2018 Women Breaking Through Conference
October 9, 2018
ST. PHILIP'S COLLEGE WELCOMES THE VENTUREGIRLS AUTHOR TO CAMPUS WHEN THE COLLEGE HOSTS FREE 2018 WOMEN BREAKING THROUGH CONFERENCE OF HANDS-ON STEM AND ENTREPRENEURSHIP ACTIVITIES FOR 150 GIRLS OCT. 12
Female Alamo Colleges District students who are actual STEM lab researchers give back by inspiring guests, and Sam Houston High School students announced as first-time participants. By meeting the researchers, organizers hope the girls should also be envisioning themselves in the not-so-distant future---tech startup CEO Dr. Luz Cristal Glangchai---bestselling author of VentureGirls: Raising Girls to Be Tomorrow’s Leaders---brings the perspective of a successful entrepreneurial role model directly to the girls
St. Philip's College promotes future economic security for local young women by registering 150 teenaged females grades 8–12 for mentoring and hands-on STEM activities in the college’s free 2018 Women Breaking Through Conference Oct. 12 from 9 a.m.–3:30 p.m. in the Center of Excellence for Mathematics of Building 1 at the college's Southwest Campus on 800 Quintana Road. Conference e-registration is available and encouraged now. For all information, contact Maria Rodriguez, 2018 conference organizer and center director at 210-486–7123 or firstname.lastname@example.org.
Established in 2011 as an annual St. Philip’s College Saturday STEM recruitment program, the conference is designed for women by women to instill confidence and awareness of the faster-growing career pathways in science, technology, engineering and mathematics, said Rodriguez. While girls committed to attend as of Oct. 3 are from Jubilee San Antonio, Harmony Science Academy-San Antonio, Sam Houston High School and JSTEM Academy, the keynote speaker for the program is tech startup CEO Dr. Luz Cristal Glangchai, regionally-based bestselling author of VentureGirls: Raising Girls to Be Tomorrow’s Leaders.
Rodriguez shares that guests can expect several program firsts for the 2018 edition of the program. The event is being held on a Friday, Sam Houston High School is participating for the first time, and all girls will hear from Alamo Colleges District students who are performing lab research citywide under the leadership of professional researchers while they are community college students. While young women will engage in mini hands-on activities that involve STEM concepts and principles in the labs of the college, various female STEM experts will share how a balanced personal and academic plan can lead toward local young women becoming a professional in fields those young women desire.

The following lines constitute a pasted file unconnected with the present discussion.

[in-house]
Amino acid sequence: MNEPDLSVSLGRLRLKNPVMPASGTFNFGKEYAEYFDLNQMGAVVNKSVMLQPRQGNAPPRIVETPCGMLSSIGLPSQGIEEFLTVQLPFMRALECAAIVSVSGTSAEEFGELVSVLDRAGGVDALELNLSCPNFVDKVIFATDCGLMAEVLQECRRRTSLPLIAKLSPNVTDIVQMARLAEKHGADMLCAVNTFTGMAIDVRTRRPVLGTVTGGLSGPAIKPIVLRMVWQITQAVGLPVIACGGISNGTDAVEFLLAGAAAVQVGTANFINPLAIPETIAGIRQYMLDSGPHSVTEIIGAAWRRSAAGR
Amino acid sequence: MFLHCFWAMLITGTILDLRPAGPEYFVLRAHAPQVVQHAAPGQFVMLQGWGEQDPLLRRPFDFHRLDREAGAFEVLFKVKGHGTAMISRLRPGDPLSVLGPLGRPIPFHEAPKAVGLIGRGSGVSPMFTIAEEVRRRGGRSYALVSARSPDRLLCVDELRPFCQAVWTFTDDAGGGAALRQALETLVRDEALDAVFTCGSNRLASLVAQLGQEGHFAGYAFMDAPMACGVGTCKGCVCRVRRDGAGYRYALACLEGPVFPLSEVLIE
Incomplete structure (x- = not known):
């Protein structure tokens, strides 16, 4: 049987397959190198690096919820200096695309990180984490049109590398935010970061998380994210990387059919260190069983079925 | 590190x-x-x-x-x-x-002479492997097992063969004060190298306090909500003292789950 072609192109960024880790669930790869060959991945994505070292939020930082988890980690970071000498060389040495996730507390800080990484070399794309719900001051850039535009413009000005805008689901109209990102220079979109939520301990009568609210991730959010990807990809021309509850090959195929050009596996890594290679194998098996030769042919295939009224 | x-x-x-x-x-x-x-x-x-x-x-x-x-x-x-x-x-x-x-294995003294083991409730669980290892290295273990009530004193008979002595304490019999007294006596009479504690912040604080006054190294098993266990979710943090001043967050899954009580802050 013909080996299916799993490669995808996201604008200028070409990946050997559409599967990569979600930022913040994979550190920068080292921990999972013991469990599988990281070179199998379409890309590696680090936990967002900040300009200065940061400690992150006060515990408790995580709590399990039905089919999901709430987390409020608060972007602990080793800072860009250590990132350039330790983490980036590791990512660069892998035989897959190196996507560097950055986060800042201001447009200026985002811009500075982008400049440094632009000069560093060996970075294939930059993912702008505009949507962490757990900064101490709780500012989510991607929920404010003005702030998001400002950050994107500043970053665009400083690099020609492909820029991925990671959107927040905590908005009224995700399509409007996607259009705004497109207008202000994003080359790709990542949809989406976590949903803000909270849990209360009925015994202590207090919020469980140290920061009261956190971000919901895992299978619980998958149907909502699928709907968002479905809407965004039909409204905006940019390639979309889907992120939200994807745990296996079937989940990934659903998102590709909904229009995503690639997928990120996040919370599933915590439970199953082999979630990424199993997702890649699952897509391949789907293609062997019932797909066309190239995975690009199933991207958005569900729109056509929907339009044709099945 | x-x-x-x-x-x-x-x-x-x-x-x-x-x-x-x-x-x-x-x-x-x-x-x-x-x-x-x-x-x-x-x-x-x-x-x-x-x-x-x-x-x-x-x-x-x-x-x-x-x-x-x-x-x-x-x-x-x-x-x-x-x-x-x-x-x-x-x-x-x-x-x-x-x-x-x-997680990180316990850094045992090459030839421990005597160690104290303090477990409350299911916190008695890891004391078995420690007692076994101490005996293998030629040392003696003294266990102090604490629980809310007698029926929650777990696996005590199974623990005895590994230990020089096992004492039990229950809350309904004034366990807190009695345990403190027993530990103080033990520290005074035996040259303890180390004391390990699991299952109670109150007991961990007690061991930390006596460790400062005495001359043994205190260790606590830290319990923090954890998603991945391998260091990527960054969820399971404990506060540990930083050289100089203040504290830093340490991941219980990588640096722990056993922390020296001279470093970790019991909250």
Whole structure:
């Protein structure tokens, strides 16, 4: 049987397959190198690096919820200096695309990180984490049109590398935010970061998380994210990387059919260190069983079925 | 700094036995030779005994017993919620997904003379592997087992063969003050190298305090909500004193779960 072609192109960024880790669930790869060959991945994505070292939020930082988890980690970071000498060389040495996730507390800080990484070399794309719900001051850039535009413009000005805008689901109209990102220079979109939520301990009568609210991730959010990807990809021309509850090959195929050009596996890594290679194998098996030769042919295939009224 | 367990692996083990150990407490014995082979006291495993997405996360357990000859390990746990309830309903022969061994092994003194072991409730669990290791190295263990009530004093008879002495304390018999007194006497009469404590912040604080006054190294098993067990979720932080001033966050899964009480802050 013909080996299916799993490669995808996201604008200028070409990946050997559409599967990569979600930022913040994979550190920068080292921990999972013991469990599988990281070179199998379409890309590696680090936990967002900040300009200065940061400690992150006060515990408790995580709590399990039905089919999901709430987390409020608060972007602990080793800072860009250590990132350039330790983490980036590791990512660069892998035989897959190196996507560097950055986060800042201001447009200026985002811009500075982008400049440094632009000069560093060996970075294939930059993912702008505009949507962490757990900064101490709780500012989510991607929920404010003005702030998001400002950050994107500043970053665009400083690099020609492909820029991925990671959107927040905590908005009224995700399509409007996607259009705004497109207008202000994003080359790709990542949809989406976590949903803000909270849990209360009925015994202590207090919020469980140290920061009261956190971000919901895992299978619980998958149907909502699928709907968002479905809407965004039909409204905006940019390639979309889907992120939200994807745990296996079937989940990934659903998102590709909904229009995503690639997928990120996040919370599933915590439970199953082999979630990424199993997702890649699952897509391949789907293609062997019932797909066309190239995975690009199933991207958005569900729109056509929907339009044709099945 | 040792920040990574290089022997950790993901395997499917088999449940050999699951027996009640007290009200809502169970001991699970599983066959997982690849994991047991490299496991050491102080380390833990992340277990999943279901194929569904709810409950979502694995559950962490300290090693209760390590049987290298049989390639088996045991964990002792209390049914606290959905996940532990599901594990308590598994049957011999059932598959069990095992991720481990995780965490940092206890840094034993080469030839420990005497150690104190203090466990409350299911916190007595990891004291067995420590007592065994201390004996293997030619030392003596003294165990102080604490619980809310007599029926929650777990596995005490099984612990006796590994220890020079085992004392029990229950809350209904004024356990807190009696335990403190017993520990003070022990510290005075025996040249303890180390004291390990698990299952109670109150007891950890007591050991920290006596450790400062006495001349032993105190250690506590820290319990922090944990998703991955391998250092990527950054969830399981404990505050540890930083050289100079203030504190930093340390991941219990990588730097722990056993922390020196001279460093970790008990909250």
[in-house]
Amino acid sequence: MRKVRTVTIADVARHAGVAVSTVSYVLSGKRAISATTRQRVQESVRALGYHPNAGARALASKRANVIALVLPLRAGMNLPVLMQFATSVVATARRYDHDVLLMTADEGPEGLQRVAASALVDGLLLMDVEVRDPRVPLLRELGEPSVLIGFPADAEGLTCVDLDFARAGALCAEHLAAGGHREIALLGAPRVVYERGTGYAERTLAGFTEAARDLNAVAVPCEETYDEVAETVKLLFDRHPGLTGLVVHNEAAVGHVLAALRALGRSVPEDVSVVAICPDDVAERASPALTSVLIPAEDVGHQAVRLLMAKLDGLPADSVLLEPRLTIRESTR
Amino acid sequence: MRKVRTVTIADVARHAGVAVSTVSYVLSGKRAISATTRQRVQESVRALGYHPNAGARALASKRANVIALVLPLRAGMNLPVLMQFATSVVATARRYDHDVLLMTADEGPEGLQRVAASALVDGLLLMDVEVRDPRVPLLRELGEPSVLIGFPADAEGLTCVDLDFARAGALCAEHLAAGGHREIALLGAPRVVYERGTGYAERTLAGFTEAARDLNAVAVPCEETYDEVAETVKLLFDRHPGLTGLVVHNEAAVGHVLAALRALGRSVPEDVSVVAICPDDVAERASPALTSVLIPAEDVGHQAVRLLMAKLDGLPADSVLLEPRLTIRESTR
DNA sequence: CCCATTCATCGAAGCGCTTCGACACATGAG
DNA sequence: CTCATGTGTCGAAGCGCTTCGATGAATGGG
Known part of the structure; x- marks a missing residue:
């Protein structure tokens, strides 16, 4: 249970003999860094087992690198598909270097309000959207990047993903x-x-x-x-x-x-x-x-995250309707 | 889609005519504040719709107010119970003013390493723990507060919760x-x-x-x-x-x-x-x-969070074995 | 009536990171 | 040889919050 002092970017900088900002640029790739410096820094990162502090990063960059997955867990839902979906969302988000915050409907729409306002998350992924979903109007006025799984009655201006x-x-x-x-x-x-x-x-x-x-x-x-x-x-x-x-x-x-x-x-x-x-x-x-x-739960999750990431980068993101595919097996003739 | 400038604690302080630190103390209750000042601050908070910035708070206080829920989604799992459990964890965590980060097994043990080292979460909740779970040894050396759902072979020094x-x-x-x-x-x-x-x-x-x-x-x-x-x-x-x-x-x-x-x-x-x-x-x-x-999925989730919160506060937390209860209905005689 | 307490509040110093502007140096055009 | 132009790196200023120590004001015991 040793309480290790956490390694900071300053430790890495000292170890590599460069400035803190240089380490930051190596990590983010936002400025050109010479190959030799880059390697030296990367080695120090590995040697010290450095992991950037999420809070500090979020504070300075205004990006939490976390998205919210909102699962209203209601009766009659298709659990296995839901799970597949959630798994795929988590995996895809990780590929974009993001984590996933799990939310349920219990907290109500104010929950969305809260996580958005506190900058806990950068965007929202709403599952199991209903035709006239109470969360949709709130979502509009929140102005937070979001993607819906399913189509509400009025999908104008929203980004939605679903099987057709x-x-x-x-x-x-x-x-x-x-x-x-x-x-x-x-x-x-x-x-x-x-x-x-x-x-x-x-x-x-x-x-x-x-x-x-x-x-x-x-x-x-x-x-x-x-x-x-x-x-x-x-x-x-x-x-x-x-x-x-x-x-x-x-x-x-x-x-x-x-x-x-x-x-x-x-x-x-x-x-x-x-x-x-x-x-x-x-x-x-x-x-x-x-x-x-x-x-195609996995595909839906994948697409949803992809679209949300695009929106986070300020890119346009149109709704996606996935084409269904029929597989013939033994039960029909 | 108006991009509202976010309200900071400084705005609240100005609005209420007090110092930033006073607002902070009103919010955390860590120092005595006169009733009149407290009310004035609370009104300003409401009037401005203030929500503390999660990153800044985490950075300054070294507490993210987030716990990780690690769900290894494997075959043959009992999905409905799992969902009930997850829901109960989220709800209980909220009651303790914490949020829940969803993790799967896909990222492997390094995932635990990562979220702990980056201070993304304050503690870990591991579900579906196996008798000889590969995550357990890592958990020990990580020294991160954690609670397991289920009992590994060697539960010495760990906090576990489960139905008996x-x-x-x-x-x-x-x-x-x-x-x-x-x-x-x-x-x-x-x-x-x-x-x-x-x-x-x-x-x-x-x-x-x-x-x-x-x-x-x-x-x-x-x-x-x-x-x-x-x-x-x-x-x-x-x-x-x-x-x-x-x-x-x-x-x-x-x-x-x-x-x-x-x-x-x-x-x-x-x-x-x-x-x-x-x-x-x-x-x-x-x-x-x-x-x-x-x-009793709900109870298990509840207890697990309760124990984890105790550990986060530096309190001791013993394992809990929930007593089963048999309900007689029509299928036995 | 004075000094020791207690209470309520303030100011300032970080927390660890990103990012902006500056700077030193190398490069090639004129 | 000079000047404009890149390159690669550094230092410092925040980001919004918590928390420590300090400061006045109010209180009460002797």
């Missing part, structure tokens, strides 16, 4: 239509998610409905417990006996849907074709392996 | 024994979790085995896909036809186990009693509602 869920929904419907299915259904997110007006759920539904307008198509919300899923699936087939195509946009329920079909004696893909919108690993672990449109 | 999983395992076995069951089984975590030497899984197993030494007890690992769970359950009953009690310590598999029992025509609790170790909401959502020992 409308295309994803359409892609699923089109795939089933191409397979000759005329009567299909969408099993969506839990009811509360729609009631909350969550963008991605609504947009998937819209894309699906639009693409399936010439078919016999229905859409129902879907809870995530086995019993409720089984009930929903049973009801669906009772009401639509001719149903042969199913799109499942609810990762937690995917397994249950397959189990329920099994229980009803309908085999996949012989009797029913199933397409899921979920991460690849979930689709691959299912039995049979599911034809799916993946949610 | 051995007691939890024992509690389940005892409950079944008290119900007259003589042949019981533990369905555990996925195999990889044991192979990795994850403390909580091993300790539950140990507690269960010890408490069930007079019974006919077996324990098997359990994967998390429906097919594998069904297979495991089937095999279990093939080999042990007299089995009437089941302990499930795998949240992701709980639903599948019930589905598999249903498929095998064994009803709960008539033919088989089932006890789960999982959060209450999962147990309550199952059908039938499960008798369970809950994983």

The traditional highlights of the conference---workshops led by professional women in the STEM fields---return for 2018, said Rodriguez.
The workshops and new thinking by organizers will allow the girls to explore a bevy of science fields that will reward them in their futures, Rodriguez said.
“It’s on a Friday this year, and the interested students will arrive in busses from their schools for the first time. We might be more than ‘maxxed’ for registration due to this important logistic change. And in the future, I might have to get more presenters in order to host more girls. The most exciting part of our 2018 season programming is the participation of Sam Houston High School. That’s a great St. Philip’s College feeder high school, and it’s challenging to get a sponsor from the school to take their kids on a field trip here, so to have them on campus this year is great,” said Rodriguez.
The bevy of firsts continues for the program and its guests as the registered girls will attend meet-the-researcher sessions led by females from the 2018 edition of the first program of its kind funded by the National Science Foundation at a community college to increase the completion rates of minority STEM students by pairing promising Alamo Colleges District member college scholars with St. Philip’s College and UTSA faculty mentors. The innovative program is known as CIMA.